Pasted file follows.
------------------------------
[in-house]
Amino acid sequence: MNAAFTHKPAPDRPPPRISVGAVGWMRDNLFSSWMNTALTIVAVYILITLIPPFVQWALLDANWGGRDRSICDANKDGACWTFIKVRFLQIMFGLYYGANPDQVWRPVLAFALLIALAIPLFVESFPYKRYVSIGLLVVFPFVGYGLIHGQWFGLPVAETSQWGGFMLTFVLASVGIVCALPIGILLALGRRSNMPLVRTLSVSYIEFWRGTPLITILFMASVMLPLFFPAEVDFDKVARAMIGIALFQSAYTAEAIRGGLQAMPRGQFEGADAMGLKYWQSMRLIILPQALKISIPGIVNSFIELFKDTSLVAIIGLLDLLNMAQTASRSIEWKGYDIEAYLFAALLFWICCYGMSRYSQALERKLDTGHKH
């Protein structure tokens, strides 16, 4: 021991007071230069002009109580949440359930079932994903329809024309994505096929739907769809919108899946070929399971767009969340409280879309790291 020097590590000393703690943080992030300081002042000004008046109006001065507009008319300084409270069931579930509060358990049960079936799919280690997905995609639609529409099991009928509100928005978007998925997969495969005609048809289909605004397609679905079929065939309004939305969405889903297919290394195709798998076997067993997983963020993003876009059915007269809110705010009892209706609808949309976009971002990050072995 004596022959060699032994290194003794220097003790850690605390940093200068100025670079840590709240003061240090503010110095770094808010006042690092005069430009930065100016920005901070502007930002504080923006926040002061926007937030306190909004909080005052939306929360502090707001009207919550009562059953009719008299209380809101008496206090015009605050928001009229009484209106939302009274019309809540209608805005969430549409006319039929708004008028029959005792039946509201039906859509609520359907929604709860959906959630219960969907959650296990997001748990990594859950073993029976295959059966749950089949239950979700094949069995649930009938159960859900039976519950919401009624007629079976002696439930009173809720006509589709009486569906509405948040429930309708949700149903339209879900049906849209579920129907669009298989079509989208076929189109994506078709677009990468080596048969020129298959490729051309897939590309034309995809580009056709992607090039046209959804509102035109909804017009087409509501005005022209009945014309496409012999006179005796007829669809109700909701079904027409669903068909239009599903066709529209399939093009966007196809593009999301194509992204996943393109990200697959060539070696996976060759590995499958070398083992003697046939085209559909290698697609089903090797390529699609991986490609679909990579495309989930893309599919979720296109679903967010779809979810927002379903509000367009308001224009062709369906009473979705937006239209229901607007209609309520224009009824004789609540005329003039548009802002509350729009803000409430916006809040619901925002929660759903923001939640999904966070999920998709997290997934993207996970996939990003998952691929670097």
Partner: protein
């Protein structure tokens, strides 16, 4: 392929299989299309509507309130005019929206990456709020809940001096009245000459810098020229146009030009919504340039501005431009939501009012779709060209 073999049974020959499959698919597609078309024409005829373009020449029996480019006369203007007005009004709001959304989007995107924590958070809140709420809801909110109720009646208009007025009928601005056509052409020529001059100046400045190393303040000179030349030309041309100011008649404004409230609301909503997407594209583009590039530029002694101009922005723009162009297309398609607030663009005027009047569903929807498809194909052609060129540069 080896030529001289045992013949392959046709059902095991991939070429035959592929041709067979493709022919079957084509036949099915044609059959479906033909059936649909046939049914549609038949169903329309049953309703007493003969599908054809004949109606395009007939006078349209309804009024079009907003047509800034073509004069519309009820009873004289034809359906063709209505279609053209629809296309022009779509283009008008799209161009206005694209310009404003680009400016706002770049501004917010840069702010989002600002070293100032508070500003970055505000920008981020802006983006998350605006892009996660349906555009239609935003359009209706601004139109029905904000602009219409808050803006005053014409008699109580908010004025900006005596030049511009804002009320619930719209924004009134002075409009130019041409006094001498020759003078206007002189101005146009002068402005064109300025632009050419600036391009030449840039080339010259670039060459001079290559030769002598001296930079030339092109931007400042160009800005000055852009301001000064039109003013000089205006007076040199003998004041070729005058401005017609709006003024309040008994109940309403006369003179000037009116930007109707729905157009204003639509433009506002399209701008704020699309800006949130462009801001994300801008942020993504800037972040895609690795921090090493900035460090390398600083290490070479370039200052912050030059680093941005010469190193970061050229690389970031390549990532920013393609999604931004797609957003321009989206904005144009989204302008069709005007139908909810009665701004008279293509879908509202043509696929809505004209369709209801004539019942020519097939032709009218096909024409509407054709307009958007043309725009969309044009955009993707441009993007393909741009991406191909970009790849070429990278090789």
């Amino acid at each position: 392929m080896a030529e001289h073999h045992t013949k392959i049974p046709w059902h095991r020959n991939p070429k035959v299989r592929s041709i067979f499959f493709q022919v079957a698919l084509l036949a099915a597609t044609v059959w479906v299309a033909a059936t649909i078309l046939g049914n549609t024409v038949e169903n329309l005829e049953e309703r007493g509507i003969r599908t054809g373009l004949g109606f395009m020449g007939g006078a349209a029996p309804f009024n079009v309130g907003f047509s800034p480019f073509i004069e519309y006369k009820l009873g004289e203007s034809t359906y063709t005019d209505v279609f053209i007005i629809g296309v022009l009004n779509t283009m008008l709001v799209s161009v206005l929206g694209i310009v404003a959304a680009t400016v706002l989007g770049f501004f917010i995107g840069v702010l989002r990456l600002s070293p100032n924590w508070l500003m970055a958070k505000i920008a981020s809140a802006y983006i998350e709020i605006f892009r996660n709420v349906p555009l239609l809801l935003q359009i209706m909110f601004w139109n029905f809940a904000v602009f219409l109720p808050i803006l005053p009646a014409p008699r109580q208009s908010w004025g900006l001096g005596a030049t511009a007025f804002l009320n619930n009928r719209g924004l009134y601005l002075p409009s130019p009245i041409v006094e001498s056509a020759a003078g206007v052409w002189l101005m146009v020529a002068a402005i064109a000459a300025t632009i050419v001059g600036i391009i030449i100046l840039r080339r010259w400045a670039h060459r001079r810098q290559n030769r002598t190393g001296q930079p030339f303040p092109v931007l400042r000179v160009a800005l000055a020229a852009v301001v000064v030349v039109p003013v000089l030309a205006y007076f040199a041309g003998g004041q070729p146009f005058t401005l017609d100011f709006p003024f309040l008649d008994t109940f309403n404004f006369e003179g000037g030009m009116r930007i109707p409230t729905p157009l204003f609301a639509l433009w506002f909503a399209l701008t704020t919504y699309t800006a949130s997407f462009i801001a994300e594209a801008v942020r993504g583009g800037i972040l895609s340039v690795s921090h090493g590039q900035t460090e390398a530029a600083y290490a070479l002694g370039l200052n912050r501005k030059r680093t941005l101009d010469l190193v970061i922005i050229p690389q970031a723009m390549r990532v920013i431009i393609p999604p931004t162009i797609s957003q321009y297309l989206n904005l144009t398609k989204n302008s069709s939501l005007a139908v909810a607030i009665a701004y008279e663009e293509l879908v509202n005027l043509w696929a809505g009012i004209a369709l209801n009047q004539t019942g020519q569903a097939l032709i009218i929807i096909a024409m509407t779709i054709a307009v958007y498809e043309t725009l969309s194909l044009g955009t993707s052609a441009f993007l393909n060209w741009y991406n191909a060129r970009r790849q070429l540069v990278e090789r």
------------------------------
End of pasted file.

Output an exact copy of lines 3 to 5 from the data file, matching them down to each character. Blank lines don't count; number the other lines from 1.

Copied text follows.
């Protein structure tokens, strides 16, 4: 021991007071230069002009109580949440359930079932994903329809024309994505096929739907769809919108899946070929399971767009969340409280879309790291 020097590590000393703690943080992030300081002042000004008046109006001065507009008319300084409270069931579930509060358990049960079936799919280690997905995609639609529409099991009928509100928005978007998925997969495969005609048809289909605004397609679905079929065939309004939305969405889903297919290394195709798998076997067993997983963020993003876009059915007269809110705010009892209706609808949309976009971002990050072995 004596022959060699032994290194003794220097003790850690605390940093200068100025670079840590709240003061240090503010110095770094808010006042690092005069430009930065100016920005901070502007930002504080923006926040002061926007937030306190909004909080005052939306929360502090707001009207919550009562059953009719008299209380809101008496206090015009605050928001009229009484209106939302009274019309809540209608805005969430549409006319039929708004008028029959005792039946509201039906859509609520359907929604709860959906959630219960969907959650296990997001748990990594859950073993029976295959059966749950089949239950979700094949069995649930009938159960859900039976519950919401009624007629079976002696439930009173809720006509589709009486569906509405948040429930309708949700149903339209879900049906849209579920129907669009298989079509989208076929189109994506078709677009990468080596048969020129298959490729051309897939590309034309995809580009056709992607090039046209959804509102035109909804017009087409509501005005022209009945014309496409012999006179005796007829669809109700909701079904027409669903068909239009599903066709529209399939093009966007196809593009999301194509992204996943393109990200697959060539070696996976060759590995499958070398083992003697046939085209559909290698697609089903090797390529699609991986490609679909990579495309989930893309599919979720296109679903967010779809979810927002379903509000367009308001224009062709369906009473979705937006239209229901607007209609309520224009009824004789609540005329003039548009802002509350729009803000409430916006809040619901925002929660759903923001939640999904966070999920998709997290997934993207996970996939990003998952691929670097």
Partner: protein
């Protein structure tokens, strides 16, 4: 392929299989299309509507309130005019929206990456709020809940001096009245000459810098020229146009030009919504340039501005431009939501009012779709060209 073999049974020959499959698919597609078309024409005829373009020449029996480019006369203007007005009004709001959304989007995107924590958070809140709420809801909110109720009646208009007025009928601005056509052409020529001059100046400045190393303040000179030349030309041309100011008649404004409230609301909503997407594209583009590039530029002694101009922005723009162009297309398609607030663009005027009047569903929807498809194909052609060129540069 080896030529001289045992013949392959046709059902095991991939070429035959592929041709067979493709022919079957084509036949099915044609059959479906033909059936649909046939049914549609038949169903329309049953309703007493003969599908054809004949109606395009007939006078349209309804009024079009907003047509800034073509004069519309009820009873004289034809359906063709209505279609053209629809296309022009779509283009008008799209161009206005694209310009404003680009400016706002770049501004917010840069702010989002600002070293100032508070500003970055505000920008981020802006983006998350605006892009996660349906555009239609935003359009209706601004139109029905904000602009219409808050803006005053014409008699109580908010004025900006005596030049511009804002009320619930719209924004009134002075409009130019041409006094001498020759003078206007002189101005146009002068402005064109300025632009050419600036391009030449840039080339010259670039060459001079290559030769002598001296930079030339092109931007400042160009800005000055852009301001000064039109003013000089205006007076040199003998004041070729005058401005017609709006003024309040008994109940309403006369003179000037009116930007109707729905157009204003639509433009506002399209701008704020699309800006949130462009801001994300801008942020993504800037972040895609690795921090090493900035460090390398600083290490070479370039200052912050030059680093941005010469190193970061050229690389970031390549990532920013393609999604931004797609957003321009989206904005144009989204302008069709005007139908909810009665701004008279293509879908509202043509696929809505004209369709209801004539019942020519097939032709009218096909024409509407054709307009958007043309725009969309044009955009993707441009993007393909741009991406191909970009790849070429990278090789």